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Ready for 'Little Prince' Lite?

August 08, 2000|DENNIS McLELLAN | TIMES STAFF WRITER

Sure, millions of young readers in America have loved "The Little Prince" since it was first published in 1943--but they've never experienced Antoine de Saint-Exupery's classic fable quite like this.

Tivola Publishing, a Berlin-based producer of children's multimedia CD-ROMs, will release the English language CD-ROM adaptation of the bestselling book Aug. 28. The CD-ROM ($29.99), which was released in Germany two years ago, features a 3-D animated version of Saint-Exupery's story, based on a new translation by poet Richard Howard, with British actor-director Kenneth Branagh as narrator and Owen Evans, a 12-year-old west London-based actor, providing the voice of the Little Prince. Tivola plans to release an English-language "Robinson Crusoe" CD-ROM here sometime next year.

The tale of "The Little Prince," that of a downed aviator in the Sahara desert who encounters an "extraordinary little fellow" from a planet that is "hardly bigger than a house," is just the start on the CD-ROM. Now you can actually enter the Little Prince's "universe."

But is a CD-ROM version of a children's classic--complete with interactive activities, games and biographical author information--a good thing?

Yes and no, says Mitzi Myers, who teaches children's literature at UCLA. A classic children's book shouldn't be exempt from appearing in other media, she says, but she's puzzled why "The Little Prince" was chosen for a CD-ROM.

"The Little Prince," she said, "is an extraordinarily sophisticated fantasy . . . a very philosophical book. To be understood would require a lot of interactive conversation with a parent. I'd think it would be a very exceptional child who could hear the book and understand it."

In a CD-ROM, Myers said, "you've got the child sitting passively. Nobody is there to discuss the issues, and the book is full of things that demand discussion. I even have to discuss a lot of it with graduating seniors at UCLA."

The story addresses such issues, she says, as what do we live for and what is friendship? And the key question, which most of the movie versions delete, is what is the meaning of life and what is the meaning of death?

Ann Kaganoff, a certified educational therapist in private practice in Irvine who works with students who tend to have reading problems, says the question of whether something is difficult for a young reader to understand could be asked of "Huckleberry Finn," "Tom Sawyer" or any book.

"The reason I emphasize parents sharing books with children is that it's really an opportunity to promote question-asking, discussion and interpretation," she said.

That "The Little Prince" is now on a CD-ROM doesn't bother her. "I think they've certainly chosen something that has delightful illustrations that live, and the voice of Kenneth Branagh will add a tremendous amount of meaning," she said.

Parents, she added, might consider this analogy: "There is a difference between reading Shakespeare and attending a performance of Shakespeare, and the CD-ROM could be a kind of performance of the book if it's well done.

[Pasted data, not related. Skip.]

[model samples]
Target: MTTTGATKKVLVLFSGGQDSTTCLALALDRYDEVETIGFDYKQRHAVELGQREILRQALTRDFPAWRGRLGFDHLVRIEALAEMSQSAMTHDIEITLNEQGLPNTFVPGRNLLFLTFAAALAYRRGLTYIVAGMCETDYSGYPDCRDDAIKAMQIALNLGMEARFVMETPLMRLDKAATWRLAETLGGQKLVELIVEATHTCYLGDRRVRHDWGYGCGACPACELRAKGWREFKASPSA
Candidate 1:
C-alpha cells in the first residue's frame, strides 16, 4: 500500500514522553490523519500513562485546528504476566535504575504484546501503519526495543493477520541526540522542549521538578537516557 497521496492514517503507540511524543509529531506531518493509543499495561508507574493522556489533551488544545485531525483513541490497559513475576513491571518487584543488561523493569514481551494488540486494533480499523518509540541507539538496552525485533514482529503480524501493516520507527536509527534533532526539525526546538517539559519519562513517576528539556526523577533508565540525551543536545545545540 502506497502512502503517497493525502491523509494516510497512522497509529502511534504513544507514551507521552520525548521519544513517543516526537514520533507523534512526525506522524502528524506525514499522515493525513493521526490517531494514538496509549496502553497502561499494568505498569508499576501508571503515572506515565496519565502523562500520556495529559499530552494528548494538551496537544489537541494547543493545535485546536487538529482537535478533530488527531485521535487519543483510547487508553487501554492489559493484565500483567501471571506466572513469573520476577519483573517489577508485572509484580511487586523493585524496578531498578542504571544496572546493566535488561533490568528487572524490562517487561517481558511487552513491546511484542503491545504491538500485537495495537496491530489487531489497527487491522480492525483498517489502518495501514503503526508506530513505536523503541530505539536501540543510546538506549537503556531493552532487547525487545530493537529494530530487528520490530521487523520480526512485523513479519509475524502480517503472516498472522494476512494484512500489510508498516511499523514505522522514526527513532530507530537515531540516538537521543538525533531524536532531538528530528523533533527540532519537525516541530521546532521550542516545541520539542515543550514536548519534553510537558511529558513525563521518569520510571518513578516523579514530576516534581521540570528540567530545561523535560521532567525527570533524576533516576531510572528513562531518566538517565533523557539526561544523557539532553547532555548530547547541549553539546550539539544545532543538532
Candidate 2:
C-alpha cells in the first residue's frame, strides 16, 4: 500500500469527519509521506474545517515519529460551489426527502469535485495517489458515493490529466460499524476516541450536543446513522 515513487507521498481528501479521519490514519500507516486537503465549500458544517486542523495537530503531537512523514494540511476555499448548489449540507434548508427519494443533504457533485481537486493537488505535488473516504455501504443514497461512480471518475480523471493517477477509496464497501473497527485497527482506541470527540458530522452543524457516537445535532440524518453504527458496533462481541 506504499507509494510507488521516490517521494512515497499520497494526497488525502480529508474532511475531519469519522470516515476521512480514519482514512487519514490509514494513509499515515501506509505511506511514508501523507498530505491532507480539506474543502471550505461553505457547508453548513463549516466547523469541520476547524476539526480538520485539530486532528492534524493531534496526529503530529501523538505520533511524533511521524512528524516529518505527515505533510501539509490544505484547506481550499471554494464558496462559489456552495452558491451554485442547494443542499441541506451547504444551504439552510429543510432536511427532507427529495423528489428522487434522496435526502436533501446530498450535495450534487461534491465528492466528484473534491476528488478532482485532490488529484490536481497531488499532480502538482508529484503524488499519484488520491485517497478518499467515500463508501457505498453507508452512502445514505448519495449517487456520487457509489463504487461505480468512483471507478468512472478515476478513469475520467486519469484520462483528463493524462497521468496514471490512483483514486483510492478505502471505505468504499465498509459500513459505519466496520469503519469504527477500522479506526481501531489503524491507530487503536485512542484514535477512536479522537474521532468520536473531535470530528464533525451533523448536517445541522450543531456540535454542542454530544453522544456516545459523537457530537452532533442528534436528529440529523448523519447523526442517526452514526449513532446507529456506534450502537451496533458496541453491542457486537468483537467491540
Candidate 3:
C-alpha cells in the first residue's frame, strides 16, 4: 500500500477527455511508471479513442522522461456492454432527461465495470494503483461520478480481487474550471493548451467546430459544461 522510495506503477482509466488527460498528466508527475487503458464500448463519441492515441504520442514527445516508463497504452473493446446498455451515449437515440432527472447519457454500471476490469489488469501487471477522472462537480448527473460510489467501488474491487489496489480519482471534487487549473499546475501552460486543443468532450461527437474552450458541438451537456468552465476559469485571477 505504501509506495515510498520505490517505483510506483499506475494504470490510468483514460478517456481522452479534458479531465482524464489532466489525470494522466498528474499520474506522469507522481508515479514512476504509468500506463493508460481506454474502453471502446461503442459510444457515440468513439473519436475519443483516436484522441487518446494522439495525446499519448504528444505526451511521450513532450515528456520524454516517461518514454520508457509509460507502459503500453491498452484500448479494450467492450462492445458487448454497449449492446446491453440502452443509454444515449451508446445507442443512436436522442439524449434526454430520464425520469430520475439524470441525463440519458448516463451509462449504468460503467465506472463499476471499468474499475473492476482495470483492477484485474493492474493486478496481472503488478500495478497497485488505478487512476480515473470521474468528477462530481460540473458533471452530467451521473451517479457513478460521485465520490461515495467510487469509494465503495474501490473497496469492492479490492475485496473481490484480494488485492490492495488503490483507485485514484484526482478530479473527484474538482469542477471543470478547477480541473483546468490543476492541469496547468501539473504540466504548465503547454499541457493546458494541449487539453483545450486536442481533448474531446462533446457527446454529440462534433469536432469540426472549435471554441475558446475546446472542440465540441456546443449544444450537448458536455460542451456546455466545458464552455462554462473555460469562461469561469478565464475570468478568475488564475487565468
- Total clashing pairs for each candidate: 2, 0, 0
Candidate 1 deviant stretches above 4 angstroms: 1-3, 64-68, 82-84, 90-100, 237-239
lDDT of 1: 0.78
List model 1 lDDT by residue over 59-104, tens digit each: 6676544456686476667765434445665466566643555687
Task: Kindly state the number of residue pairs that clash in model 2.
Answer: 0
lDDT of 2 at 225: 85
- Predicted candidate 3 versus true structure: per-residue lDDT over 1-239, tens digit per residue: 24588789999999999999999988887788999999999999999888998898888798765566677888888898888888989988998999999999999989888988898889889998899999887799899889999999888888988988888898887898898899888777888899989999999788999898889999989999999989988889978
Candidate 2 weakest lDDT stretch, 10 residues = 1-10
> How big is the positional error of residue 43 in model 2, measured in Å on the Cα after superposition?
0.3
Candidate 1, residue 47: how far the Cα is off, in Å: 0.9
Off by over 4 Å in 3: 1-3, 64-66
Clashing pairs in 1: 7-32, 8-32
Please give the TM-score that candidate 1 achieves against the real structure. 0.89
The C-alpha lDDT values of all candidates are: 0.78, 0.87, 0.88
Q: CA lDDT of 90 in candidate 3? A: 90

"What you have to remember is that for children who are struggling readers, the pictorial information can become very powerful, and they can tend to depend on that as their source of meaning. It complements meaning, but it doesn't substitute for the printed word."

The CD-ROM, of course, offers a lot more than just the story of the Little Prince. You can, for example, catch an orbiting planet in the Little Prince's universe with your "star cursor" and "learn all about the planet's secrets and its inhabitants." Or enter the Fox Training Game and, after you've "tamed" the fox that the Little Prince meets, he will give you a gift (a "secret notebook" with personalized stationery).

Or you can watch an animated biography of Saint-Exupery, complete with archival photographs of the author, who disappeared over the Mediterranean while flying a reconnaissance mission for his French air squadron a year after "The Little Prince" was published.

Myers, for one, doesn't buy it.

"It's more like making it fun and games instead of making the child think, which was the book's whole point," she said. "I'm sorry, but I'm not the world's favorite fan of gunking up stuff."

And nothing, she emphasizes, replaces human interaction.

"A CD-ROM, with its cute little interactive things--click on this and that--is dealing with the surface. It's not dealing with a truly philosophical book about how to live your life. I defy anyone to come up with a gimmick that makes that better than having someone talk to you."

Alexandra Uhl, owner of Whale of a Tale children's bookstore in Irvine where "The Little Prince" is a steady seller, agrees. "I think there's nothing like the written word, so I'm not a big fan of CD-ROMs per se. But I think there is a market for that, and for kids that wouldn't otherwise be familiar with the book, I'd encourage it."

For purists, two English-language book versions are available. The original translation by Katherine Woods (for as long as the current printing is in stock) and the new translation by Howard, published June 29, the centennial of Saint-Exupery's birth.

What's a reader to do? As Howard puts it in his new translation that has some "Little Prince" critics harping at the changes: "One sees clearly only with the heart. Anything essential is invisible to the eyes."

*

Dennis McLellan can be reached at dennis.mclellan@latimes.com.

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